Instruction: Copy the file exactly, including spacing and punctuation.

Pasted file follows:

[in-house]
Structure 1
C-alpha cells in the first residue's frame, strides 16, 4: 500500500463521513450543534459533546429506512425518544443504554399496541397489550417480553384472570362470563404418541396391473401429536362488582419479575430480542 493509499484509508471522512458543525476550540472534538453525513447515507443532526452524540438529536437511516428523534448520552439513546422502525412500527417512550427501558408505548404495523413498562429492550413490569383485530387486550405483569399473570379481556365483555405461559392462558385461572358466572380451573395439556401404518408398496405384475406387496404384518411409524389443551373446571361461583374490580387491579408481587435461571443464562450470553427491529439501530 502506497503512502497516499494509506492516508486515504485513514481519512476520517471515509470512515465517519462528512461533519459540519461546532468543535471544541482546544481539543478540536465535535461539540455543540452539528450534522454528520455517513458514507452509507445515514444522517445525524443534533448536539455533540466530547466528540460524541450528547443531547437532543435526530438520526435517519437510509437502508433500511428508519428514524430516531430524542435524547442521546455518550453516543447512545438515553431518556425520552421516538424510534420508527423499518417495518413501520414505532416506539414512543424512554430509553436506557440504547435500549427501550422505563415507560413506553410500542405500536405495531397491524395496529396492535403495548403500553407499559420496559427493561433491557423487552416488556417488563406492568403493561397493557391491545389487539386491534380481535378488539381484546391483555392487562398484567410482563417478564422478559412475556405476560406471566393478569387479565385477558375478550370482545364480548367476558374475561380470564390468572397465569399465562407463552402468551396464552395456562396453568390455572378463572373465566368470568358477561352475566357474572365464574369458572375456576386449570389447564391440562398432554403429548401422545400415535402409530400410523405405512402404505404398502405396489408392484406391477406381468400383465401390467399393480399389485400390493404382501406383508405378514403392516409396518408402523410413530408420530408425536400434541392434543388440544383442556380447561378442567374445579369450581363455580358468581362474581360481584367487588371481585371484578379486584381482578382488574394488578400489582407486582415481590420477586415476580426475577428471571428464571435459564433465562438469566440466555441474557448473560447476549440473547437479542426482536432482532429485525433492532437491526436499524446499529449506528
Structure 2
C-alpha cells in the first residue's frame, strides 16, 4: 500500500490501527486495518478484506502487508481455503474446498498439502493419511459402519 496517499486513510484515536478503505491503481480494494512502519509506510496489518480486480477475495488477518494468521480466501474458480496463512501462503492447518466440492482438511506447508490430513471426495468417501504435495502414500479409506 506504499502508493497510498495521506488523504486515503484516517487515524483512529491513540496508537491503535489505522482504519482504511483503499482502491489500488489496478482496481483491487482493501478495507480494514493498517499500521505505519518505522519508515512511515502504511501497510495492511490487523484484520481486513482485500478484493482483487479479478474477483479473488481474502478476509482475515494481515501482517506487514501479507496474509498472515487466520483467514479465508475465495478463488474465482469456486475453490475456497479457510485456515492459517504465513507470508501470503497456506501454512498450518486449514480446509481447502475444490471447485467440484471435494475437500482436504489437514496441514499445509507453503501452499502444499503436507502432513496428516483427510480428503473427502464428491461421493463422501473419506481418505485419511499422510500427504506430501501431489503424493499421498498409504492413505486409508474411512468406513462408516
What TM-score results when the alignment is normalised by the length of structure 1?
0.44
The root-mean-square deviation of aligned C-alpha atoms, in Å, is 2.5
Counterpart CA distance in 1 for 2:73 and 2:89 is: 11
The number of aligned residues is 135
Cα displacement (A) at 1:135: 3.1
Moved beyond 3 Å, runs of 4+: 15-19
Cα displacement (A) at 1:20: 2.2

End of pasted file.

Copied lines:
[in-house]
Structure 1
C-alpha cells in the first residue's frame, strides 16, 4: 500500500463521513450543534459533546429506512425518544443504554399496541397489550417480553384472570362470563404418541396391473401429536362488582419479575430480542 493509499484509508471522512458543525476550540472534538453525513447515507443532526452524540438529536437511516428523534448520552439513546422502525412500527417512550427501558408505548404495523413498562429492550413490569383485530387486550405483569399473570379481556365483555405461559392462558385461572358466572380451573395439556401404518408398496405384475406387496404384518411409524389443551373446571361461583374490580387491579408481587435461571443464562450470553427491529439501530 502506497503512502497516499494509506492516508486515504485513514481519512476520517471515509470512515465517519462528512461533519459540519461546532468543535471544541482546544481539543478540536465535535461539540455543540452539528450534522454528520455517513458514507452509507445515514444522517445525524443534533448536539455533540466530547466528540460524541450528547443531547437532543435526530438520526435517519437510509437502508433500511428508519428514524430516531430524542435524547442521546455518550453516543447512545438515553431518556425520552421516538424510534420508527423499518417495518413501520414505532416506539414512543424512554430509553436506557440504547435500549427501550422505563415507560413506553410500542405500536405495531397491524395496529396492535403495548403500553407499559420496559427493561433491557423487552416488556417488563406492568403493561397493557391491545389487539386491534380481535378488539381484546391483555392487562398484567410482563417478564422478559412475556405476560406471566393478569387479565385477558375478550370482545364480548367476558374475561380470564390468572397465569399465562407463552402468551396464552395456562396453568390455572378463572373465566368470568358477561352475566357474572365464574369458572375456576386449570389447564391440562398432554403429548401422545400415535402409530400410523405405512402404505404398502405396489408392484406391477406381468400383465401390467399393480399389485400390493404382501406383508405378514403392516409396518408402523410413530408420530408425536400434541392434543388440544383442556380447561378442567374445579369450581363455580358468581362474581360481584367487588371481585371484578379486584381482578382488574394488578400489582407486582415481590420477586415476580426475577428471571428464571435459564433465562438469566440466555441474557448473560447476549440473547437479542426482536432482532429485525433492532437491526436499524446499529449506528
Structure 2
C-alpha cells in the first residue's frame, strides 16, 4: 500500500490501527486495518478484506502487508481455503474446498498439502493419511459402519 496517499486513510484515536478503505491503481480494494512502519509506510496489518480486480477475495488477518494468521480466501474458480496463512501462503492447518466440492482438511506447508490430513471426495468417501504435495502414500479409506 506504499502508493497510498495521506488523504486515503484516517487515524483512529491513540496508537491503535489505522482504519482504511483503499482502491489500488489496478482496481483491487482493501478495507480494514493498517499500521505505519518505522519508515512511515502504511501497510495492511490487523484484520481486513482485500478484493482483487479479478474477483479473488481474502478476509482475515494481515501482517506487514501479507496474509498472515487466520483467514479465508475465495478463488474465482469456486475453490475456497479457510485456515492459517504465513507470508501470503497456506501454512498450518486449514480446509481447502475444490471447485467440484471435494475437500482436504489437514496441514499445509507453503501452499502444499503436507502432513496428516483427510480428503473427502464428491461421493463422501473419506481418505485419511499422510500427504506430501501431489503424493499421498498409504492413505486409508474411512468406513462408516
What TM-score results when the alignment is normalised by the length of structure 1?
0.44
The root-mean-square deviation of aligned C-alpha atoms, in Å, is 2.5
Counterpart CA distance in 1 for 2:73 and 2:89 is: 11
The number of aligned residues is 135
Cα displacement (A) at 1:135: 3.1
Moved beyond 3 Å, runs of 4+: 15-19
Cα displacement (A) at 1:20: 2.2